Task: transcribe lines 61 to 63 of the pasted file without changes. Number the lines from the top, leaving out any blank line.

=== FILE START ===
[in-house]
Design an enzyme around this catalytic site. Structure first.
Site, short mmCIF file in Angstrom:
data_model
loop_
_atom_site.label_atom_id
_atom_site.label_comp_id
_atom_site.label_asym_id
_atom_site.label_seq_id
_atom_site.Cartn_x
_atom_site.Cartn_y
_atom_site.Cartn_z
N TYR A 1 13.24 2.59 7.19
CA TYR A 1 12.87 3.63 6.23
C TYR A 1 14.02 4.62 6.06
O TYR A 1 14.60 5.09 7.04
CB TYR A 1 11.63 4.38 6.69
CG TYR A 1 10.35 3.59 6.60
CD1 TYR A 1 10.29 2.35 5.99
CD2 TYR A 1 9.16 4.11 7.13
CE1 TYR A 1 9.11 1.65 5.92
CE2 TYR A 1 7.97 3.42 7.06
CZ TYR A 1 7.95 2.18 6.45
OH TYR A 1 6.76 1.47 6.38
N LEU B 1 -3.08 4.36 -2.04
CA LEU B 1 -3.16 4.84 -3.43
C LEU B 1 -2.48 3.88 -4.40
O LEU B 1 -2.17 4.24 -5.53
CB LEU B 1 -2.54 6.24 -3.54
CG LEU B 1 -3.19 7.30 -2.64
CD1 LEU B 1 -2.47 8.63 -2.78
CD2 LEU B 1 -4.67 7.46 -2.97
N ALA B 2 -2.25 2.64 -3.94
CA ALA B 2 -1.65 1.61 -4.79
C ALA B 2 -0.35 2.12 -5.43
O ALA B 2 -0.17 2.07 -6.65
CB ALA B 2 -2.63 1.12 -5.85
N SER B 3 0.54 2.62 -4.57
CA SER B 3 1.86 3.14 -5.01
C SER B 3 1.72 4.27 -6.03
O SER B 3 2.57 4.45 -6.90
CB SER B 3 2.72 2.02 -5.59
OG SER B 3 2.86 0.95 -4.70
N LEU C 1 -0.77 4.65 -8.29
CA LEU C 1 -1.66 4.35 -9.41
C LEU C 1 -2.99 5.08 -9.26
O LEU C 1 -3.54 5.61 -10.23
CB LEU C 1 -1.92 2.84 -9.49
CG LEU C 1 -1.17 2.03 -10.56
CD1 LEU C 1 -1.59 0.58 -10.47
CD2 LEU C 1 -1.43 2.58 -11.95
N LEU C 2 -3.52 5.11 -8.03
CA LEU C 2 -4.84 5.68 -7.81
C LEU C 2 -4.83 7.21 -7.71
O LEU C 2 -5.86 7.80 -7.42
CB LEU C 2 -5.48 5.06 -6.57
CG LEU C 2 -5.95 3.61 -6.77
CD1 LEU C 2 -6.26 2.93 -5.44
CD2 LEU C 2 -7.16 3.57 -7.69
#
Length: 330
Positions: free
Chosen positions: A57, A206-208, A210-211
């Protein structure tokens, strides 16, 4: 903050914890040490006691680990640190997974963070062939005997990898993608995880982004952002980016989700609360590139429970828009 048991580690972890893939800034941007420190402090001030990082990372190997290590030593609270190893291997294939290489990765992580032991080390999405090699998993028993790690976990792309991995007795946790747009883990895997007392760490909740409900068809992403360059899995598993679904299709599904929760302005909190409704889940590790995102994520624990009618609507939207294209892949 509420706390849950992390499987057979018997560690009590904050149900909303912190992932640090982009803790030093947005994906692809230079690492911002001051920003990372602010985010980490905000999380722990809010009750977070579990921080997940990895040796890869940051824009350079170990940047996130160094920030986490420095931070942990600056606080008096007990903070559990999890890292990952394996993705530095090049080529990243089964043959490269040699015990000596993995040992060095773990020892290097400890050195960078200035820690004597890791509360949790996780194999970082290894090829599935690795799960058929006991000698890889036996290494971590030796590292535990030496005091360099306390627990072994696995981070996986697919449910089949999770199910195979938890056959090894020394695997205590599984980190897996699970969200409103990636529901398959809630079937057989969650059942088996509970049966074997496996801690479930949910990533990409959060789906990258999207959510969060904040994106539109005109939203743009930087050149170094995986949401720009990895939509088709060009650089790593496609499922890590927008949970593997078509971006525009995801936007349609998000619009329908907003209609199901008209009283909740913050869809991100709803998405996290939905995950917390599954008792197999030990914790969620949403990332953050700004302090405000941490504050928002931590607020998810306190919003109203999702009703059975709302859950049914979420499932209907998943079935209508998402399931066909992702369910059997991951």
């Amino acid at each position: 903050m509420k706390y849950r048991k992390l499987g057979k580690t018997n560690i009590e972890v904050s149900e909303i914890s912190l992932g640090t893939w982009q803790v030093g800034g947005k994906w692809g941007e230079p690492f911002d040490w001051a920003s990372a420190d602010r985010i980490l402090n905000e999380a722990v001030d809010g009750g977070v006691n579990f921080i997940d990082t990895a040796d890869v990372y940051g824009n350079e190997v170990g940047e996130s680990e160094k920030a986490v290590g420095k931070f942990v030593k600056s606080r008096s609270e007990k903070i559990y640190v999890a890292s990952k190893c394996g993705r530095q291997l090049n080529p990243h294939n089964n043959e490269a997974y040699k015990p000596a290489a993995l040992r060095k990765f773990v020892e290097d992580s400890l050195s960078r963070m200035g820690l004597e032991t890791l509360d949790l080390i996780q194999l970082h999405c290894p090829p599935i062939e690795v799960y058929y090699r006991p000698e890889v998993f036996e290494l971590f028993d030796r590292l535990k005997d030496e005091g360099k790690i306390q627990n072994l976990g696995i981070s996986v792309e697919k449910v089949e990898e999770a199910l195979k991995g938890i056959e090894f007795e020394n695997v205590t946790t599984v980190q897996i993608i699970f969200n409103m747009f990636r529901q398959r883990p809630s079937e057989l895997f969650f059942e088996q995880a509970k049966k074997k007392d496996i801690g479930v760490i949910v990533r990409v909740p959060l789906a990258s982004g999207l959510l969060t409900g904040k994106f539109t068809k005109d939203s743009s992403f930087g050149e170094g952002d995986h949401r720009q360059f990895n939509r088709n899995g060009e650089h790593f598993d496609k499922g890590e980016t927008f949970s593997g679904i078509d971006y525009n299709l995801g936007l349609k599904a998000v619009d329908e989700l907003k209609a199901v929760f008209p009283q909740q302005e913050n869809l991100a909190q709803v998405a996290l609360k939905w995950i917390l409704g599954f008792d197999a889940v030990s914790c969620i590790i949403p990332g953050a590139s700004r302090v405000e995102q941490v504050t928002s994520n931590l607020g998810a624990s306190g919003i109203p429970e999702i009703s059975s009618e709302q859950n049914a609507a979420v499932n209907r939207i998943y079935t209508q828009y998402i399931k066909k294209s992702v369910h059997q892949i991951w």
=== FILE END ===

Length: 330
Positions: free
Chosen positions: A57, A206-208, A210-211